Keeping your carpet clean not only makes your home more appealing, it also extends the life of the carpet. When you vacuum or use a carpet cleaner, you’re reviving your carpet’s luster and getting rid of dust and allergens. But even with regular healthy cleaning, there is one thing that can undo all your work—carpet stains.

Let’s face it: If you have carpet in your home, you’re going to have stains. If you have kids, maybe a lot of stains. The family dog has an “accident,” one of the kids spills their ice cream, or you or your spouse drops a glass of red wine—spills are inevitable. In an instant, your beautiful, unblemished carpet can have its appearance ruined—unless you know how to get stains out of carpet.

There are several methods for cleaning carpet stains. Common household items like baking soda, hydrogen peroxide, and white vinegar are safe and natural remedies that work well. For more challenging stains, you’ll need carpet stain removers that get the job done without damaging your carpet.

Once you get the hang of how to remove stains from carpet, you’ll be ready to leap into action when the inevitable mishap occurs. Keep reading to learn how to remove stains like a pro!

How to Clean Carpet Stains 101

In the carpet stain removal game, speed counts. The faster you act, the less time the stain has to set or spread. The first step is to use a fork or spoon to remove any solid portion of the mess, like fruit from ice cream or cereal. Be cautious so you don’t push the stain further into the carpet fibers.

Start with natural stain removers and then move on to other stain removers if needed. Whether your carpet is made with synthetic fibers or natural fibers, you can always use dish liquid and cool water safely.

Dab the stain gently with a dry cloth or paper towel to soak up the liquid. Now you can dampen the stain with a cloth soaked in warm water and grab your stain remover. Work your solution into the carpet fibers gently—never scrub. Blot away any remaining residue with a clean, damp cloth and dab the area dry with a dry cloth.

This method works for getting stains out of carpet in most situations. For tougher carpet stains, you’ll need a little more firepower.

How to Get Coffee Stains Out of Carpet

Here’s what you’ll need:

  • Hydrogen peroxide
  • Cool water
  • Dish soap
  • Small bowl
  • Clean white cloth

 

Blot 

If you have just spilled coffee on your carpet, act fast. First, blot as much of the liquid up as possible using a clean white cloth. Work from the outside to the middle so the liquid doesn’t spread. Don’t rub or scrub. Once all the liquid is absorbed, pour a small amount of cold water on the stain and blot to dilute it. Don’t use warm or hot water—they can cause the stain to set.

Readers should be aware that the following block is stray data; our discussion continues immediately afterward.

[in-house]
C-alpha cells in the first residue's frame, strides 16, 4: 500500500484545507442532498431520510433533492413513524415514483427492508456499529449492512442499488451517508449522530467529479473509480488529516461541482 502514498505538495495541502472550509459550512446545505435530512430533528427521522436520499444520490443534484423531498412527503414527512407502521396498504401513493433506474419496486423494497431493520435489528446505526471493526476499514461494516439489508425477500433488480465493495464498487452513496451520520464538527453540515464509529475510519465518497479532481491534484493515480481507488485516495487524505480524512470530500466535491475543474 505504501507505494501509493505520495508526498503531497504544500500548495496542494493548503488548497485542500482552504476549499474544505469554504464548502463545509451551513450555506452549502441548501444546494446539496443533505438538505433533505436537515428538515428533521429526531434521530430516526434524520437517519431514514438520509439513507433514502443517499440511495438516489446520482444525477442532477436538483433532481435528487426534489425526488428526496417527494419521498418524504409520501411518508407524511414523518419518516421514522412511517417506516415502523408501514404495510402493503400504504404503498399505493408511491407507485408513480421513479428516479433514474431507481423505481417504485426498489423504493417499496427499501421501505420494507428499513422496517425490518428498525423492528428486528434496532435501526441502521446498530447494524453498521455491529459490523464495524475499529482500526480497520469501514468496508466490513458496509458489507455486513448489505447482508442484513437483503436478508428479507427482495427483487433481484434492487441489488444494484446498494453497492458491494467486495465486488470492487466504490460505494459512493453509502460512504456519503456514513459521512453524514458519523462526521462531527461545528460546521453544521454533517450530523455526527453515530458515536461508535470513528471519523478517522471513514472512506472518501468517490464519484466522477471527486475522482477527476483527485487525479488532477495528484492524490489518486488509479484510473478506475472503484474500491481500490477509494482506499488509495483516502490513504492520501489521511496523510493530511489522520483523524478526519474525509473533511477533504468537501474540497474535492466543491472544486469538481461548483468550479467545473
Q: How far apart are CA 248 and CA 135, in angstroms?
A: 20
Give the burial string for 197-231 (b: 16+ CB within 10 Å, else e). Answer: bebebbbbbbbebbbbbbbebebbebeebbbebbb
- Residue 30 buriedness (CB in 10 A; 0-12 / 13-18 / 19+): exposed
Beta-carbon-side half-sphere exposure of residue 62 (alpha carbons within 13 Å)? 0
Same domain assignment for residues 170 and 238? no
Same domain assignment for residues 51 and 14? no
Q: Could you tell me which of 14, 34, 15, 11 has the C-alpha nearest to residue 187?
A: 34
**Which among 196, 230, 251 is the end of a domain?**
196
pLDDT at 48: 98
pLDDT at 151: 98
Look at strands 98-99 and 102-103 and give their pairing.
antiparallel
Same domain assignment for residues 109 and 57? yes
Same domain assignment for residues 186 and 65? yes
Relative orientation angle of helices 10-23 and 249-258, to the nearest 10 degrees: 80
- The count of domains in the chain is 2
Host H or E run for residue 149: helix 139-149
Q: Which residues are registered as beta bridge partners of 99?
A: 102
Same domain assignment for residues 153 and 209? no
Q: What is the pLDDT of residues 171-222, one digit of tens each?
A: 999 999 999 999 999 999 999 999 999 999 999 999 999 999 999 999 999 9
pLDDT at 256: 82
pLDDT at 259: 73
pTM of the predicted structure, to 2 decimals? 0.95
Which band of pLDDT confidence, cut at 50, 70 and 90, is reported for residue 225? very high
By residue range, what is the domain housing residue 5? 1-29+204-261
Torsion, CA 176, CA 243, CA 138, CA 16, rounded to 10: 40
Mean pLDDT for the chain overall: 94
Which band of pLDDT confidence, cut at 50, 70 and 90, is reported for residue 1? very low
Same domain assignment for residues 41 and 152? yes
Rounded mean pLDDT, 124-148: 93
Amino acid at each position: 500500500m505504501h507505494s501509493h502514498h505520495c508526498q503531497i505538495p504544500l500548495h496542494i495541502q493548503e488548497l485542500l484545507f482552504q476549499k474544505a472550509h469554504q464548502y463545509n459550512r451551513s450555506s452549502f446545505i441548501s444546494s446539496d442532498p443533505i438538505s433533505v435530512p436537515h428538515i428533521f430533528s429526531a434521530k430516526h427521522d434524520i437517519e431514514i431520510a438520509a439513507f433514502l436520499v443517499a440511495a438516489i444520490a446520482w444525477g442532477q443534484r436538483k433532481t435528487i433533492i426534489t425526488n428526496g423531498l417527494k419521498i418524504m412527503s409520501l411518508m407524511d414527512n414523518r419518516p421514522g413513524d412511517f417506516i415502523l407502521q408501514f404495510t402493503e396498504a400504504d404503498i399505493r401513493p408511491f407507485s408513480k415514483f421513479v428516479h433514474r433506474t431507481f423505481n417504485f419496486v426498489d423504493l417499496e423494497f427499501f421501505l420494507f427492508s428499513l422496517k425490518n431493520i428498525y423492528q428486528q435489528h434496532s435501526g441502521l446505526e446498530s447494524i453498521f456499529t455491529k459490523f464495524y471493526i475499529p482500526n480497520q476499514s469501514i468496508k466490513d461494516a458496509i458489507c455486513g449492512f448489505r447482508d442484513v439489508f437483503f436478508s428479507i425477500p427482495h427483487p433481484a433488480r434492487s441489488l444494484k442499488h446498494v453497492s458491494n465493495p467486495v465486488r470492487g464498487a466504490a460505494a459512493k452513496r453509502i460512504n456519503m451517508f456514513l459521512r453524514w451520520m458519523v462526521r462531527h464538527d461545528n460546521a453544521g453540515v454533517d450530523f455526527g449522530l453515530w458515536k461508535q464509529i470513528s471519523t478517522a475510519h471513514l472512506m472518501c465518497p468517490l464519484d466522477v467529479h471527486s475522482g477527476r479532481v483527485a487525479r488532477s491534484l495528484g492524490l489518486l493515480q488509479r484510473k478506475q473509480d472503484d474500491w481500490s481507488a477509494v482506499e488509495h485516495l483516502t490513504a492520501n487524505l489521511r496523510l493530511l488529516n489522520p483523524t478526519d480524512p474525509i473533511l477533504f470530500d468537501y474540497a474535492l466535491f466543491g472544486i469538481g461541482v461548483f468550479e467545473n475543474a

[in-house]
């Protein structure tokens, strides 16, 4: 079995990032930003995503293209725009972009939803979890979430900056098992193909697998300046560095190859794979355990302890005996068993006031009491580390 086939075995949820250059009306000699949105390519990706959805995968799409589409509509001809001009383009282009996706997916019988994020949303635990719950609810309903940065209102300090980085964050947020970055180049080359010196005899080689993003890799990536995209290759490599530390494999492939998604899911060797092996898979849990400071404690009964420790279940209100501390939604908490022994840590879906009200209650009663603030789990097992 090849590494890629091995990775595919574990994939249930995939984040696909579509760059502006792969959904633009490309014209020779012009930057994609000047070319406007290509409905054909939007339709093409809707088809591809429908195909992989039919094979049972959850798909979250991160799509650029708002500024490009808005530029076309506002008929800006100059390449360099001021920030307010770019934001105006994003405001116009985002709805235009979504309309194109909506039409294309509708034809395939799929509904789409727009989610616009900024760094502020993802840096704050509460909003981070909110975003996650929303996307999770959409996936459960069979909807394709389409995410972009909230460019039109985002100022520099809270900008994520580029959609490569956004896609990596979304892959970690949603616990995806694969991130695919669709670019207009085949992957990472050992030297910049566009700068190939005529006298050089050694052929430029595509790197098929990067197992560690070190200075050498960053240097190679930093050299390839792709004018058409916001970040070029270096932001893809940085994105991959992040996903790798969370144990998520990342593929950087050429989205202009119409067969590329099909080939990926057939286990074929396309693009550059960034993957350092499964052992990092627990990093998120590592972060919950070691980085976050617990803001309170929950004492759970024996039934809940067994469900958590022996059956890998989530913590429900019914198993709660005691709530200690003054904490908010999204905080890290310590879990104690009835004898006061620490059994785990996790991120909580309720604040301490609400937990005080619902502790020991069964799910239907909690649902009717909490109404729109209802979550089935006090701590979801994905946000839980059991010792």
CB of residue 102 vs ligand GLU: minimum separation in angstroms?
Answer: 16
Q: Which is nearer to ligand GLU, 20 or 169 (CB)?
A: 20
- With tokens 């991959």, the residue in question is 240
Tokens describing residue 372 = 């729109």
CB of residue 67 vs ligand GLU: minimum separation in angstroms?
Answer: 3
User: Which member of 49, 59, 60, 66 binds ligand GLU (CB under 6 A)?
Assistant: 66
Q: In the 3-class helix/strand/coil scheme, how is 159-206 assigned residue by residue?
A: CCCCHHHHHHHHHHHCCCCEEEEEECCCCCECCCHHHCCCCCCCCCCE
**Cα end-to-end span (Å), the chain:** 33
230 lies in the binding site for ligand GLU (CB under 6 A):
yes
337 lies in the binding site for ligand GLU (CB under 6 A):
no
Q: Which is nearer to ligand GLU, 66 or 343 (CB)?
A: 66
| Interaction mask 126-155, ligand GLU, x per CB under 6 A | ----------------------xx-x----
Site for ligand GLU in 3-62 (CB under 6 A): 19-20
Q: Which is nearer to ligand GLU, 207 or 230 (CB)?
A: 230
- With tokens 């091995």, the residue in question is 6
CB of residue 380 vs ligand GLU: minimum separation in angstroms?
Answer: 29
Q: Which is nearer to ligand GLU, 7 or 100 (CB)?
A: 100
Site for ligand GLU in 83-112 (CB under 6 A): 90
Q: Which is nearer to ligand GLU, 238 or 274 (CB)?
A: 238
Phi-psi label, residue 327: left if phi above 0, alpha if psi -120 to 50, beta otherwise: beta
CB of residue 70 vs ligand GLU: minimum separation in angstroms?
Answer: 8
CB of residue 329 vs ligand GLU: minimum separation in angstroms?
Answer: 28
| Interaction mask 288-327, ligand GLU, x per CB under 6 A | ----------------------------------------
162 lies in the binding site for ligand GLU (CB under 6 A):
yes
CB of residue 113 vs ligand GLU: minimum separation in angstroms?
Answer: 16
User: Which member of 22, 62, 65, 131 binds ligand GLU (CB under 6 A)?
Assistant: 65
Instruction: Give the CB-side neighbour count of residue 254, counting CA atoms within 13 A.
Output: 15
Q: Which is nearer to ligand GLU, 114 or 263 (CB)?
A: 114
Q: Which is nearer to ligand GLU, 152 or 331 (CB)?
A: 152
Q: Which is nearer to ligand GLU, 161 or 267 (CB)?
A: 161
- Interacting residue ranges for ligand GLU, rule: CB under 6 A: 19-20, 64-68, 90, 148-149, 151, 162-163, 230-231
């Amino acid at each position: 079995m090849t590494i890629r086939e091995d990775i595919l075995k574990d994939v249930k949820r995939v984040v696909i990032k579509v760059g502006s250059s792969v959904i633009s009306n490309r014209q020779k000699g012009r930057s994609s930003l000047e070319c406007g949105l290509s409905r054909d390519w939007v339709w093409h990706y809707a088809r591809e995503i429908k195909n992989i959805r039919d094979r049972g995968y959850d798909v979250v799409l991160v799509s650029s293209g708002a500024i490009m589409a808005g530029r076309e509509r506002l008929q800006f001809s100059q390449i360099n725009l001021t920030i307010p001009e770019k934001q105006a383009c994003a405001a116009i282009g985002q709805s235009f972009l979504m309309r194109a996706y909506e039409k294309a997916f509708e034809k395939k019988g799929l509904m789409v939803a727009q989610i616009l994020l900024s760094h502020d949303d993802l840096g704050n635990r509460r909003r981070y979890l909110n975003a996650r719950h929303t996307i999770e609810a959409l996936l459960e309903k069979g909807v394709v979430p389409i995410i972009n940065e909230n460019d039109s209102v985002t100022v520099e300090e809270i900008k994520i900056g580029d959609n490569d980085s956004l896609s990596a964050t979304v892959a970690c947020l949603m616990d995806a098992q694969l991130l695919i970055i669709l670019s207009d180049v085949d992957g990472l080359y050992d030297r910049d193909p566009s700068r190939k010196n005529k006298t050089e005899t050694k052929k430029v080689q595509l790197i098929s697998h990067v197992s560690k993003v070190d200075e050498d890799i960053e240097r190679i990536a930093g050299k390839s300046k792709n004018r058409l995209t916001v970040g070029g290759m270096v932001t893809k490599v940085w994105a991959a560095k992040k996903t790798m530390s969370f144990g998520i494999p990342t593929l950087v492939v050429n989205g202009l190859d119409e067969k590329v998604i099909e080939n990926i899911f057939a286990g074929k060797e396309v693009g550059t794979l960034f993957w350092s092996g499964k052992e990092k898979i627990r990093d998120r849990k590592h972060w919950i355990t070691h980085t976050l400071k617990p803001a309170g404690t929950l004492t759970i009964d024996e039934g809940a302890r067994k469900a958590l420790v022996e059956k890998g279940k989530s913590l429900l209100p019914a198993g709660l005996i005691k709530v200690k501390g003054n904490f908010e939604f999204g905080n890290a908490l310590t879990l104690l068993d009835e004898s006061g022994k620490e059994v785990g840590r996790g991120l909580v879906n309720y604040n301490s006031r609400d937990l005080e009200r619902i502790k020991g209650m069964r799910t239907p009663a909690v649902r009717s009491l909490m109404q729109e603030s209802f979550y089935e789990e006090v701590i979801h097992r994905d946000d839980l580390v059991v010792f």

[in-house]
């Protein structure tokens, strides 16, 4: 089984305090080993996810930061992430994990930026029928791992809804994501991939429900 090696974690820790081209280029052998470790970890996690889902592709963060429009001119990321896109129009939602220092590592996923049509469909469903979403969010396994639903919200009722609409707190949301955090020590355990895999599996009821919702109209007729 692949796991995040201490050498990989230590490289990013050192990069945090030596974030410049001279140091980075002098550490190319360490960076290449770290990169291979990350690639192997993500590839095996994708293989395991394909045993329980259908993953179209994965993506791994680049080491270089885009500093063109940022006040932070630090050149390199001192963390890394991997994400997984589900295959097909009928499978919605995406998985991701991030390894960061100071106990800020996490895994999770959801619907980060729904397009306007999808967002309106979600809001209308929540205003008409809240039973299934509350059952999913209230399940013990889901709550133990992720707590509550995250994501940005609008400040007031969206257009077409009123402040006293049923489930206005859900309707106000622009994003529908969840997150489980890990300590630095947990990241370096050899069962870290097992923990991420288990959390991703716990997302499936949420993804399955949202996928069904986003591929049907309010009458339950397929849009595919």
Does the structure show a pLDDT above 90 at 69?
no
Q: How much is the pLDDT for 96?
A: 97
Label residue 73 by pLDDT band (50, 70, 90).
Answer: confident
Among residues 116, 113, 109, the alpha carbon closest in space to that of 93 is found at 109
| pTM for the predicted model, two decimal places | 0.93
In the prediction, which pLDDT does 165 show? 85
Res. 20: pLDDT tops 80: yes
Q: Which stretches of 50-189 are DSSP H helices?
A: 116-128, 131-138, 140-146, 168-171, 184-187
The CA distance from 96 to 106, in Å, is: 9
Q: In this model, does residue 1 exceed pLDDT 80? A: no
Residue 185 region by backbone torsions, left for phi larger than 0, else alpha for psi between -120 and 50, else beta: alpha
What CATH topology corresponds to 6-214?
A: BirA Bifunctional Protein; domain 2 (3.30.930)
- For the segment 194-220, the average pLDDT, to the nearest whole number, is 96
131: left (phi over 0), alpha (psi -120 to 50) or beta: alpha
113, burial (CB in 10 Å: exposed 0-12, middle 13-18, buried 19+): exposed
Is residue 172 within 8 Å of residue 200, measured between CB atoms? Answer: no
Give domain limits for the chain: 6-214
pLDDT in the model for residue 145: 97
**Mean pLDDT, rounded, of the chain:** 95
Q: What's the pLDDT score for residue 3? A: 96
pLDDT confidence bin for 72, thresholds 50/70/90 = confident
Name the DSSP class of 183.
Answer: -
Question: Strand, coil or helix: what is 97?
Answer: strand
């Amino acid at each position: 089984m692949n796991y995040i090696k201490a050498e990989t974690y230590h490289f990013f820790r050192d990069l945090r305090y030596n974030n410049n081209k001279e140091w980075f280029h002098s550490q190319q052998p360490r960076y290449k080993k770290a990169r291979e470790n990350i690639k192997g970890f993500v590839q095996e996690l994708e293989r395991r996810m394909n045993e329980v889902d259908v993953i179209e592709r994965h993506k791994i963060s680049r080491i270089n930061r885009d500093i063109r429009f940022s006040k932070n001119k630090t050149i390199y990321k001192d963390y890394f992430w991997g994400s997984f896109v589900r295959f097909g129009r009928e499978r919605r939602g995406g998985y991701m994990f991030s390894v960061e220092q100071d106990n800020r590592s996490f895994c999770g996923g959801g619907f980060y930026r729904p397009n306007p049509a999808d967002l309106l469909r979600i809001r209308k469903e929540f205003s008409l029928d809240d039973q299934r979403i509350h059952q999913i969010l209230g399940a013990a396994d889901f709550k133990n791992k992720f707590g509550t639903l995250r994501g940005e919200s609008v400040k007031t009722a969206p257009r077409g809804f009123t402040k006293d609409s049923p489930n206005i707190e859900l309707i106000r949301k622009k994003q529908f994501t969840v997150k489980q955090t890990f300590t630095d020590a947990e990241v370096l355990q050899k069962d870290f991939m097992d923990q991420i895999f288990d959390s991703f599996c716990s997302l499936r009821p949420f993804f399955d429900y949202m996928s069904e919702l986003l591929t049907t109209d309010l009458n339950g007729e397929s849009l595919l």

Clean

Mix 1 cup of hydrogen peroxide with 1/2 teaspoon dish soap in a small bowl. Most carpets have a solution dye, so they won’t discolor when they come into contact with the hydrogen peroxide. If you aren’t sure, test a small, inconspicuous area first.

Dab the liquid cleaning solution onto the stain using a clean cloth. Allow the solution to sit on the stain for 5-10 minutes to work its magic. Use a dry cloth to absorb both the coffee and the cleaning solution. If the stain remains, repeat this step.

Rinse and Dry

Rinse away remaining residue with a little cool water and dry your carpet with a clean cloth. If you have a wet/dry vac, use it to soak up any remaining moisture.

How to Get Red Stains Out of Carpet

Your first step for getting a red stain out of carpet is to understand the differences between a natural and synthetic stain. You need to attack red wine in one way and a cherry popsicle in another, for example. Once you know which type of red stain you’re dealing with, you can choose the best cleaning approach.

Among synthetic red stains, red juice drinks, and frozen treats are two of your worst stain offenders. Because of the strong dyes used in these products, stains can set quickly; your best bet is to remove them as soon as possible. Liquid cough medicines, candy, lip gloss, and many other household items fall into this category.

To clean a synthetic red stain, you’ll need a reducing agent that contains a common ingredient like sodium metabisulfite. Reducing agents work faster if you use a damp cloth and steam and they are safe for most carpets.

Here’s what you’ll need:

  • Reducing agent
  • Cold water
  • Steam iron or steamer
  • Clean white cloths

 

Blot 

Blot as much of the liquid up as possible using a clean white cloth. Work from the outside to the middle so the liquid doesn’t spread. Once all the liquid is absorbed, pour a small amount of cold water on the stain, and blot to dilute it.

Clean

Mix your reducer per the manufacturer’s instructions and apply it to the stained area, letting it work on the stain for the recommended amount of time. Wet and wring out a clean white cotton towel and place it over the stain. Pour enough reducing mixture onto the towel to soak through to the stain and into it. Work the reducing agent into the damp cloth gently with your fingers.

Heat

With the iron on a low-medium setting, gently press the iron over the spot where the stain is under the damp cloth. Do this for about 30 seconds, then check the cloth.

The stain should wick up into the white towel easily. If the stain needs to be dissolved more, place the iron back on the damp cloth and give it a couple of shots of steam.

Repeat

Repeat this process using clean sections of the towel until you get as much of the stain as possible. Most red stains will respond to the steam method very well if you catch them early enough.

Rinse and Dry

Rinse the reducing agent residue from the carpet using a small amount of water and then dry the carpet with a clean cloth or a wet/dry vac.

How to Remove Red Wine Stains From Carpet

Are you hosting a movie night, a party, or anything else that involves relaxing with a glass of red wine? Your carpet is in danger! Red wine stains are infamous for being difficult to remove, but with the right approach and proven stain removers, you can get the job done. Always test a hidden area on your carpet first, regardless of what stain remover you’re using.

Here’s what you’ll need:

  • Baking soda
  • Cold water
  • Stain remover
  • Clean white cloths

 

Blot